Washington Editor

A discounted public stock sale netted about $21 million for CuraGen Corp., which plans to use the proceeds to pare down some of its debt.

"I think it is Wall Street's view and ours that [the debt] is an overhang to CuraGen's story," Glenn Schulman, the company's manager of marketing and investor relations, told BioWorld Today. "Aggressively dealing with it is a part of multiple things that the company needs to do to strengthen for the long term."

Specifically, the New Haven, Conn.-based business plans to use most of its new funds to buy back, from time to time, its 6 percent convertible subordinated debentures due February 2007. Already this year, CuraGen has repurchased $39.9 million of that convertible debt, at an overall cost of $37.7 million. It has about $90.1 million worth of 6 percent notes still outstanding, down from $150 million when the debt was sold five years ago. Applying the latest proceeds would lower the total outstanding figure to below $70 million and cut the original debt by more than half.

"That's below our annual cash burn projected for this year," Schulman said, "and is a very manageable amount."

More agreeable debt remains on CuraGen's plate, $110 million of 4 percent convertible notes due February 2011. Sold in February 2004, a portion of that money already went to repurchasing some of the 6 percent notes.

The latest funds also will be used for general corporate purposes.

In the transaction, CuraGen sold 4 million common shares at $5.50 apiece, about a 10 percent markdown from the stock's previous closing price of $6.06. On Wednesday, the shares (NASDAQ:CRGN) dropped 94 cents, or 15.5 percent, to close at $5.12.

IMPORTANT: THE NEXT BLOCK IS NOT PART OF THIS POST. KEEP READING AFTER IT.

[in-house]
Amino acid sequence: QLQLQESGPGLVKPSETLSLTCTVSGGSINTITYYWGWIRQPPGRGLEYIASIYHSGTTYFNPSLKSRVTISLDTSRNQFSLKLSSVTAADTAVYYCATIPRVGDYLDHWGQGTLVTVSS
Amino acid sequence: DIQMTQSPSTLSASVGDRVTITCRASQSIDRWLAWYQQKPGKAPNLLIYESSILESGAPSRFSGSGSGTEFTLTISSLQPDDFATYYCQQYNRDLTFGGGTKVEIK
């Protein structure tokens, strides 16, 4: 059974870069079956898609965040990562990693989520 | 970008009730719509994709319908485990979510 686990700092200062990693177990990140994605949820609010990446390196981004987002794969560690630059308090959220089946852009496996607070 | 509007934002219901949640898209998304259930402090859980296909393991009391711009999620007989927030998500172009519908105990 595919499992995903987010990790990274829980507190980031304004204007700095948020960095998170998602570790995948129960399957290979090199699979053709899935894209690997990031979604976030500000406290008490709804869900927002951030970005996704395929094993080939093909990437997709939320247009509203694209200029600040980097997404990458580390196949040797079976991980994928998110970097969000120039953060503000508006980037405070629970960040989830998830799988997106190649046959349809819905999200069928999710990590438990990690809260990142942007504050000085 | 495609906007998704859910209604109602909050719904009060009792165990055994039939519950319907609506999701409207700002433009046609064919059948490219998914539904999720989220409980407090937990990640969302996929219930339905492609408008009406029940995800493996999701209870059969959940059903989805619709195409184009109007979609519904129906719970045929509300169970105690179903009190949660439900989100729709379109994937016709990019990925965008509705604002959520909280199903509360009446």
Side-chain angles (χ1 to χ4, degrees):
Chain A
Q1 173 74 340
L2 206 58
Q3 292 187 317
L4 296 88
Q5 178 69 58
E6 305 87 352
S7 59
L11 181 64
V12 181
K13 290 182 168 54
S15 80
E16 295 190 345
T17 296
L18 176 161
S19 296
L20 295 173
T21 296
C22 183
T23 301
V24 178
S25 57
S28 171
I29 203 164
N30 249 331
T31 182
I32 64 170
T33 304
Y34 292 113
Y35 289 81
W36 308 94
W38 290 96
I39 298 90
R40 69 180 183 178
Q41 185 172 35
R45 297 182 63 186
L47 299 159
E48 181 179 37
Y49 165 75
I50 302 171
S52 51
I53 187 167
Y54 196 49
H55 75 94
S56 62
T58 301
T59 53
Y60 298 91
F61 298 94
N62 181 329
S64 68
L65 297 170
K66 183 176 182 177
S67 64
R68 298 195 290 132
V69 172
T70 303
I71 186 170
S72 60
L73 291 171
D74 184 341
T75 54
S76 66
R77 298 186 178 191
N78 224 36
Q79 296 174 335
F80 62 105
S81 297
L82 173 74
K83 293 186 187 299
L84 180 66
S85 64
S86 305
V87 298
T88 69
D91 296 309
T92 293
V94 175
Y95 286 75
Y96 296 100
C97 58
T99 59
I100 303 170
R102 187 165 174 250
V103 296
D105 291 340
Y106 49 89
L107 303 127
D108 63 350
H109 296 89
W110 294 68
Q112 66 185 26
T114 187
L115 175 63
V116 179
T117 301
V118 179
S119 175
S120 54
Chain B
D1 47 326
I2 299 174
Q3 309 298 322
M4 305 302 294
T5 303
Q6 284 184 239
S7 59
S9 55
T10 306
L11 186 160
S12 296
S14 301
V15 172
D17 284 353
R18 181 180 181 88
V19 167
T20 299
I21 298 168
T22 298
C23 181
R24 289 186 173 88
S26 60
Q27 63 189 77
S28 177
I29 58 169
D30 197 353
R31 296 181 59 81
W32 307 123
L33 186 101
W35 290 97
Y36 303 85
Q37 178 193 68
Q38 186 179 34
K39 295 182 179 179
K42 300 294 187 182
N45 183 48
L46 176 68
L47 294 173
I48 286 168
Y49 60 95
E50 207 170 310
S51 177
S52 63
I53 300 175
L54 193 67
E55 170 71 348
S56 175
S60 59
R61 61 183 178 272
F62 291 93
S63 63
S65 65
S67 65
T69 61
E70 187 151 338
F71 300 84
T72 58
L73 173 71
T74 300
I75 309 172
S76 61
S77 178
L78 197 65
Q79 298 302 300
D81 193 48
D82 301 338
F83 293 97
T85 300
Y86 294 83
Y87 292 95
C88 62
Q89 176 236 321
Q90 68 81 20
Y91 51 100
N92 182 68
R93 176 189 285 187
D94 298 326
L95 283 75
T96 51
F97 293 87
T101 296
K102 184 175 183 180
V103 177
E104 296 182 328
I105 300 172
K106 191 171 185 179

Bear, Stearns & Co. Inc., of New York, acted as the offering's underwriter.

Before sealing the stock deal, CuraGen had $276.8 million in cash and investments as of June 30, as well as about 50.3 million shares outstanding. Its net loss in the preceding quarter totaled $15.7 million.

"We've done a lot in the last few months in terms of cleaning up our balance sheet and delineating our strategy," Schulman said. "We're finding our focus in oncology and making sure that we use our resources appropriately to take our best products forward."

With its sights set on cancer, the company has set a goal of completing a Phase II study of velafermin for the prevention of oral mucositis in the first half of next year. Also in that time frame, the company plans to begin Phase I studies of CR011, an antibody-drug conjugate for metastatic melanoma. By the middle of next year, it expects to have proof-of-concept results for PXD101, a product in Phase II for multiple myeloma.

Since it is focusing all work on its oncology pipeline, CuraGen has decided to out-license a compound for kidney inflammation. Labeled CR02, it has completed Phase I.

As CuraGen moves ahead with its anti-cancer products, its 454 Life Sciences Corp. majority-owned subsidiary continues to progress its Genome Sequencing System.

In recent publications, the Branford, Conn.-based company said its sequencing technique is 100 times faster than previous technologies. 454 is involved in an exclusive worldwide agreement that allows F. Hoffmann-La Roche Ltd., of Basel, Switzerland, to sell its Genome Sequencing System and reagents. That deal recently netted $11.5 million for 454. (See BioWorld Today, May 13, 2005.)

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